Dataset size: 659.64 MiB

Data Split Pattern: training set contains 3000 images and test set contains 3033 images.

Code Snippet

Using TensorFlow

import tensorflow_datasets as tfds
train,test = tfds.load('caltechbirds2010', split=['train', 'test'])

CALTECH BIRDS 2011

Released in 2011 by Catherine Wah, Steve Branson, Peter Welinder, Pietro Perona, Serge Belongie, this is an extension to its predecessor. Caltech-UCSD Birds 200-2011 contains the same 200 bird species with a total of 11788 images. Annotations for each image have 15 Part Locations, 312 Binary Attributes, 1 Bounding Box.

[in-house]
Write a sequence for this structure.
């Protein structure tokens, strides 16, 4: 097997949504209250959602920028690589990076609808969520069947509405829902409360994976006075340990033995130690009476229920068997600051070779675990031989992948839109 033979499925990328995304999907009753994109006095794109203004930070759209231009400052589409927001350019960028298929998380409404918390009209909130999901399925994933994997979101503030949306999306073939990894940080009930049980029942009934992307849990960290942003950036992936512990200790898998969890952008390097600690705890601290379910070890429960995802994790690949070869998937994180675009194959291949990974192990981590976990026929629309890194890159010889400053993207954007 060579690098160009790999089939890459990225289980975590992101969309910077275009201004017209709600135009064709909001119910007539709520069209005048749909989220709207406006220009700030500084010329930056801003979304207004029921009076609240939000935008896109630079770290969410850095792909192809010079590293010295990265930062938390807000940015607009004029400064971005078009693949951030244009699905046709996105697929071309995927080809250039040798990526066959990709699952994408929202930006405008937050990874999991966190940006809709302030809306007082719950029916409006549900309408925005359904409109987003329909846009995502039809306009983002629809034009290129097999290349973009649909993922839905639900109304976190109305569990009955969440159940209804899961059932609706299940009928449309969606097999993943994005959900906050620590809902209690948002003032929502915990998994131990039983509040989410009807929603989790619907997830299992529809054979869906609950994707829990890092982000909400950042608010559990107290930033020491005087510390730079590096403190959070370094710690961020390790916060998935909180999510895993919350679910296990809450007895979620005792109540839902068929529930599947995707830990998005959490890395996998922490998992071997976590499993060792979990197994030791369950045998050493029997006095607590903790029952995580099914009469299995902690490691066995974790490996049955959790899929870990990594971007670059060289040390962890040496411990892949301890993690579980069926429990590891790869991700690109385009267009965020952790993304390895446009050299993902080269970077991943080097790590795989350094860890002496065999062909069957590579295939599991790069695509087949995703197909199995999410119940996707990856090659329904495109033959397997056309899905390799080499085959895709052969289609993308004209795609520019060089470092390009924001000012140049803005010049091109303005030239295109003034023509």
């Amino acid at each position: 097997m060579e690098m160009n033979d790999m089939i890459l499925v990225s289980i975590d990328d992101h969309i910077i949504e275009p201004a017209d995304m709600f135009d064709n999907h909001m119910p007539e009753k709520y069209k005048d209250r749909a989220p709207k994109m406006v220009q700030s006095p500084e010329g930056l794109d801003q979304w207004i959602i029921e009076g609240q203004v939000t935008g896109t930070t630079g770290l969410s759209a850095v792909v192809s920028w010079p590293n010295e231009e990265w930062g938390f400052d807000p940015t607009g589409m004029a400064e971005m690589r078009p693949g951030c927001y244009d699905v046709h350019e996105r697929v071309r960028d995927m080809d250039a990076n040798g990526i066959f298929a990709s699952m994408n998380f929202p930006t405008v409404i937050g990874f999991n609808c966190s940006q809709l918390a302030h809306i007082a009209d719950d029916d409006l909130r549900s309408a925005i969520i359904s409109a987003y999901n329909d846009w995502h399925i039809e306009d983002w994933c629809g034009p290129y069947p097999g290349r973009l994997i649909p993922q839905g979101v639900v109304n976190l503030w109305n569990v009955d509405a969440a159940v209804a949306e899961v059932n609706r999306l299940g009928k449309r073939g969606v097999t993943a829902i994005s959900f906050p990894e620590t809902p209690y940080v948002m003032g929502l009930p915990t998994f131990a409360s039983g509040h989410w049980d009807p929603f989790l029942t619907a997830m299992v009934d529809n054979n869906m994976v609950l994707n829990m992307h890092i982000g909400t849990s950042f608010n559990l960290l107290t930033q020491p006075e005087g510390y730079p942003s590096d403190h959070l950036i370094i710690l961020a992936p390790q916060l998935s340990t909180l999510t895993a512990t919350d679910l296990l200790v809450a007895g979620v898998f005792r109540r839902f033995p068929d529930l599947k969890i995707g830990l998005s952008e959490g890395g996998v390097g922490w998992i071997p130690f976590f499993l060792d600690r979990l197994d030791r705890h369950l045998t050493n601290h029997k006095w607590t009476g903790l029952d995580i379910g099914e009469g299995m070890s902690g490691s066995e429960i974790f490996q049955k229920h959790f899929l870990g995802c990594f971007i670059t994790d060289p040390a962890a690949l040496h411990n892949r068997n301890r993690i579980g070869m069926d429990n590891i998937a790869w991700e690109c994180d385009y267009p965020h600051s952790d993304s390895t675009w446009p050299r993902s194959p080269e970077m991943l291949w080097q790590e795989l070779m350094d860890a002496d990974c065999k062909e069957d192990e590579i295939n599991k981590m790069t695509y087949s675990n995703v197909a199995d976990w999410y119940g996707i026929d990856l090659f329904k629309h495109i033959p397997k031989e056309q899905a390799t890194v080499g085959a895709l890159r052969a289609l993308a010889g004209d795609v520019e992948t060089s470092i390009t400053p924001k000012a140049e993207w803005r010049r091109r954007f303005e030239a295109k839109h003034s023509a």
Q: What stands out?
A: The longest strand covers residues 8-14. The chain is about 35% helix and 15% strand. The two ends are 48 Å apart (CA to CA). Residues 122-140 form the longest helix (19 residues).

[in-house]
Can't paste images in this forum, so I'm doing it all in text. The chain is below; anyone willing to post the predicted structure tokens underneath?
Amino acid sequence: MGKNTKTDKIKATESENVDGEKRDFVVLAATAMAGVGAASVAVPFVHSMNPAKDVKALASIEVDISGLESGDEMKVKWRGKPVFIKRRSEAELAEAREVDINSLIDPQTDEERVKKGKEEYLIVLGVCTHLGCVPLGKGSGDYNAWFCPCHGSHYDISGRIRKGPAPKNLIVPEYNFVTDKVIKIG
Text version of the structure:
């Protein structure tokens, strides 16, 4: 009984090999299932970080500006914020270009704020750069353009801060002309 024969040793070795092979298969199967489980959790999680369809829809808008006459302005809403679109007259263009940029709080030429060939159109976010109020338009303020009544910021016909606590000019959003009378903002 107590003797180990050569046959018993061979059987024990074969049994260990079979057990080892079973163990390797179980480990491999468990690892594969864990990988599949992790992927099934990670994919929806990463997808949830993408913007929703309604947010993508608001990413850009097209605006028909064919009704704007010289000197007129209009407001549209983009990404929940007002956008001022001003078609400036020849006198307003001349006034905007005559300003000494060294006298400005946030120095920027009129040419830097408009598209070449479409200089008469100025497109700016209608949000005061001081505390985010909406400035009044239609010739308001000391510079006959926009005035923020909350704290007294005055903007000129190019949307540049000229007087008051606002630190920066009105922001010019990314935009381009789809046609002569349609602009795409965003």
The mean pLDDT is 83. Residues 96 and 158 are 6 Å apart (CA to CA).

Dataset size: 1.11 GiB

Data split pattern: train set contains 5994 images, and test set contains 5794 images.

Images and annotations from CUB-200. Each example image is shown with a...  | Download Scientific Diagram

Code Snippet

Using TensorFlow

import tensorflow_datasets as tfds
train,test = tfds.load('caltechbirds2011', split=['train', 'test'])